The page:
SKU’d Thoughts
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SKU’d Thoughts

SKU’d Thoughts 49: How is Gen Z shaping the men’s beauty landscape?

When I first started working in consumer packaged goods (CPG) in the mid-2000s, brands were obsessed with appealing to Millennials. Fast-forward to today, Generation Z (Gen Z) is now whose wallets brands are chasing. And understandably so. A recent report from Bank of America estimates that by 2031, Gen Zers will surpass millennials in income and have a spending power of $33 trillion dollars. Although both generations have similarities, the differences will prove to be a large opportunity for CPG companies who want to build loyalty with Gen Z consumers.

They are the largest, most diverse and the most educated generation yet. The generation has also taken a holistic approach to health. According to a IRi study, 66% of Gen Zers reported “Feeling Good About Who I Am” is a part of being healthy, and 62% cited “Staying Positive” as a major contributor to health. This sentiment around health explains how this generation has destigmatized topics widely held as taboo such as mental health, gender, and sexuality. This generational attitude of acceptance means consumer brands are no longer boxed into an archaic definition of the ideal customer when it comes to certain product categories.

One segment of consumer brands that has been experiencing this sea change is the men’s beauty category. In the past, beauty products were mostly manufactured and marketed to women. The category rarely catered to men and the concept of beauty for men was rarely explored because of what society defined as masculine. But in recent years, men’s grooming has gone beyond the basics of shaving and fragrance as the demand for cleansers, face wash, and sunscreen outpaces that of shave care essentials. This demand for nonessential personal care and beauty products for men is set to increase as more Gen Zers, who often challenge the status quo and want to stand out, push the beauty category into a genderless space. A 2019 Morning Consult survey revealed that 30% of men under the age of 30 were interested in or would consider using beauty products.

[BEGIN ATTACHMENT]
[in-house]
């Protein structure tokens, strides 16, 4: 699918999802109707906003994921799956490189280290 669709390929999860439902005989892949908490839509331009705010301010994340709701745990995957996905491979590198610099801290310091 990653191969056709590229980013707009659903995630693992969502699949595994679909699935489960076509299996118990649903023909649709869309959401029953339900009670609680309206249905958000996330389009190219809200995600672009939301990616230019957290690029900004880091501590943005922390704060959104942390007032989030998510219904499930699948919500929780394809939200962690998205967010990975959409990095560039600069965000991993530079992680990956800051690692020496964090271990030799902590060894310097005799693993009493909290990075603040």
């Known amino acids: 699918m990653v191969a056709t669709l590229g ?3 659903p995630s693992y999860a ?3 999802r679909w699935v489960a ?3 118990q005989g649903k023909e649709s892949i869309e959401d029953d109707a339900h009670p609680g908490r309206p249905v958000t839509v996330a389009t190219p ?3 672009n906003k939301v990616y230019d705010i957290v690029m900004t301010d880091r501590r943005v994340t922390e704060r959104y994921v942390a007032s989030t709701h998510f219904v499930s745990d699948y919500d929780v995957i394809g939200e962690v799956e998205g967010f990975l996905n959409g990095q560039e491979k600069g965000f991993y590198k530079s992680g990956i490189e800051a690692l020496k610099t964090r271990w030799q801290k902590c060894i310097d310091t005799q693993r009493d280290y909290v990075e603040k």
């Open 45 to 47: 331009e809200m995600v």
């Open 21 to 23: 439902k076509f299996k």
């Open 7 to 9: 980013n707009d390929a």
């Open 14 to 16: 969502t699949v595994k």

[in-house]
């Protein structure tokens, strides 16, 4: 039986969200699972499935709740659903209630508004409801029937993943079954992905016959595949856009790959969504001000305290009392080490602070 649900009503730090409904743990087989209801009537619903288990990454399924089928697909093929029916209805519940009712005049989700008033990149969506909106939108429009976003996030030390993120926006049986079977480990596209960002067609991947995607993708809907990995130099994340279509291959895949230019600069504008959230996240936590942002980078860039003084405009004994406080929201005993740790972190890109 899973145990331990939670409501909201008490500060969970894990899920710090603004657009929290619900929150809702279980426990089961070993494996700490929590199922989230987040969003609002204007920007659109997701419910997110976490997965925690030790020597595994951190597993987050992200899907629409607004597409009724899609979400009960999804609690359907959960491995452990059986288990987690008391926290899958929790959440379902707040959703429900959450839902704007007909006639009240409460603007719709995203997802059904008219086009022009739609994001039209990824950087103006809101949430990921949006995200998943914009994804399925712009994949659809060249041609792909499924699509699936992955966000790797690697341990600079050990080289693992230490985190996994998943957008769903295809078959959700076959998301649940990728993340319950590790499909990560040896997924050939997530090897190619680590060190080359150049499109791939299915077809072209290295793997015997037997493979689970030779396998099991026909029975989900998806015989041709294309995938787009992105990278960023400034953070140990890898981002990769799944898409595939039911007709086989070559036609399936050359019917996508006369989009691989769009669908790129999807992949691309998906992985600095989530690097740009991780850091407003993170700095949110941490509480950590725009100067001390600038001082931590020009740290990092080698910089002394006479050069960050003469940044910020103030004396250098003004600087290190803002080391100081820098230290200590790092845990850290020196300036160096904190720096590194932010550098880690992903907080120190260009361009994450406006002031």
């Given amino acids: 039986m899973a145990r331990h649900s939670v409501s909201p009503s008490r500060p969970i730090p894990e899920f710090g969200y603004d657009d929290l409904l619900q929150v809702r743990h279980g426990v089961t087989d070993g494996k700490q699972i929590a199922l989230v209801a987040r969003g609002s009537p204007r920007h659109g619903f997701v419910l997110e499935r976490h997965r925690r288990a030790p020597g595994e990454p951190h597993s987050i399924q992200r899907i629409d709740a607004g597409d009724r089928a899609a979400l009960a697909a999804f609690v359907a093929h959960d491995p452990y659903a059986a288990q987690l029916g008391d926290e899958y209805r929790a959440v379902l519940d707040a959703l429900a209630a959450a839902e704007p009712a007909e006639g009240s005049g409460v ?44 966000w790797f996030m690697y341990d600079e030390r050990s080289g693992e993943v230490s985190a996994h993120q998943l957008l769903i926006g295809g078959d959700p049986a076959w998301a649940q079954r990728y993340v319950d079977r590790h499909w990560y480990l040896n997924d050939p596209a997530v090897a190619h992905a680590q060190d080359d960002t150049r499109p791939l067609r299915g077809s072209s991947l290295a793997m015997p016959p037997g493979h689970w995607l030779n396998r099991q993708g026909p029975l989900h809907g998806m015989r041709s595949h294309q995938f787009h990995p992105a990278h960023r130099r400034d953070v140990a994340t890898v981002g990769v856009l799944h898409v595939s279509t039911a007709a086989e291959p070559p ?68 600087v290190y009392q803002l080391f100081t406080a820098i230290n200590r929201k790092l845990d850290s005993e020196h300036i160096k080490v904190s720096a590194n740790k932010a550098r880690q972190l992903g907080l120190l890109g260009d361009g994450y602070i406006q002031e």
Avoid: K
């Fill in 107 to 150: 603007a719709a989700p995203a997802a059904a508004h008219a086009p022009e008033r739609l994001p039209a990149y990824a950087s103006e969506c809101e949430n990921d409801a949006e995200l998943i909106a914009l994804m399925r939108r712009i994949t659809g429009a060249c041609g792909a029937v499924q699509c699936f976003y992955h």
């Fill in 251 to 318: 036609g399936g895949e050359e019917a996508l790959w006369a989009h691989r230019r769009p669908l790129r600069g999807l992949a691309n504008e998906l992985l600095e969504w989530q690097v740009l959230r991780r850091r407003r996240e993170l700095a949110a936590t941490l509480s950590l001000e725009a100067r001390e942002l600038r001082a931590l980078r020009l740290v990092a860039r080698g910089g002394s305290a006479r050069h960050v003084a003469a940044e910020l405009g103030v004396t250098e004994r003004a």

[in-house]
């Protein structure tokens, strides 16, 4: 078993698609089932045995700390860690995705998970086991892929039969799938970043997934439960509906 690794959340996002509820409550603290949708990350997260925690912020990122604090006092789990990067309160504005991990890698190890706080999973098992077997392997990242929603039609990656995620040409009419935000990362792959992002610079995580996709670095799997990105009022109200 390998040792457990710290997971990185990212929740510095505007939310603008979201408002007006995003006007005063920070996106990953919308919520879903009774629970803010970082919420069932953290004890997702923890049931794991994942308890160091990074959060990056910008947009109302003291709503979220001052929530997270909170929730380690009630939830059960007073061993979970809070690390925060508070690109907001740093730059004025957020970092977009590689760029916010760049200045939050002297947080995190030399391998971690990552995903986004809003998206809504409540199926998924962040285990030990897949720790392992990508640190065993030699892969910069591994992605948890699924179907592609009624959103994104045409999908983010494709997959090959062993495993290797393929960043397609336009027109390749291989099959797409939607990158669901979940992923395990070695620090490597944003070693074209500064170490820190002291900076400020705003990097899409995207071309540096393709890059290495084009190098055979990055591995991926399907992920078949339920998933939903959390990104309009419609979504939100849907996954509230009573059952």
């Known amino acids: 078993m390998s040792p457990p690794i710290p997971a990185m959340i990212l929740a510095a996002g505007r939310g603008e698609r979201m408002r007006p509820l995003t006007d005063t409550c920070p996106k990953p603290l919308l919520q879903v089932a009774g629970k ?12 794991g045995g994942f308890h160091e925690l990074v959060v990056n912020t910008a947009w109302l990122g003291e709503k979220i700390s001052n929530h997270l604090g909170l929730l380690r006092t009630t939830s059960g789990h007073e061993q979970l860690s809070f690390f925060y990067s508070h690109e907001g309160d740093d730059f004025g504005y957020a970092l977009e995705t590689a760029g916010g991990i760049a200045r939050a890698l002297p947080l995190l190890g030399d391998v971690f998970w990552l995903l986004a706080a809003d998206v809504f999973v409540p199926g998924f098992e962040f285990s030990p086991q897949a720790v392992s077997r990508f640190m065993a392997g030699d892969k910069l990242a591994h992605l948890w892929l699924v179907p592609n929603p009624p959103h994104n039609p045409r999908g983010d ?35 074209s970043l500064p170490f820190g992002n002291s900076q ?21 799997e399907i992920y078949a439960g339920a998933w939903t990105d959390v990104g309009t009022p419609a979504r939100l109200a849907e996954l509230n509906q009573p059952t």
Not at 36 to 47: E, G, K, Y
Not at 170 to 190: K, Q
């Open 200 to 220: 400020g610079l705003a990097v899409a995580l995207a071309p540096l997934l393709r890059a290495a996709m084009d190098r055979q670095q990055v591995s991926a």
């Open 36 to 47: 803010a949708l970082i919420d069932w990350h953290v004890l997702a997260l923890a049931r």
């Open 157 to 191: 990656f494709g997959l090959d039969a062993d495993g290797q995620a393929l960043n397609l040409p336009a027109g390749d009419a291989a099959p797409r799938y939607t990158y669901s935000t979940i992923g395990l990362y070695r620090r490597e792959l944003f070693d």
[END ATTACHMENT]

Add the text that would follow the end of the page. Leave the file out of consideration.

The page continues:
Given this pending opportunity in men’s beauty, who is poised to capture the upside? The category has traditionally been dominated by large established players like L’Oreal and Shiseido who often distribute their products through channels like Sephora, Ulta or a department store counter. This distribution strategy could potentially alienate some men because of an intimidating shopping experience. In recent years, various upstarts entered the men’s cosmetic segment with similar go-to-market strategies of launching with a concealer. One brand, Faculty, entered the space with a bolder strategy by launching with nail lacquer as its initial product. This unique positioning as a brand of true self-expression was one of the many reasons I was excited to invest in the brand alongside Estèe Lauder.

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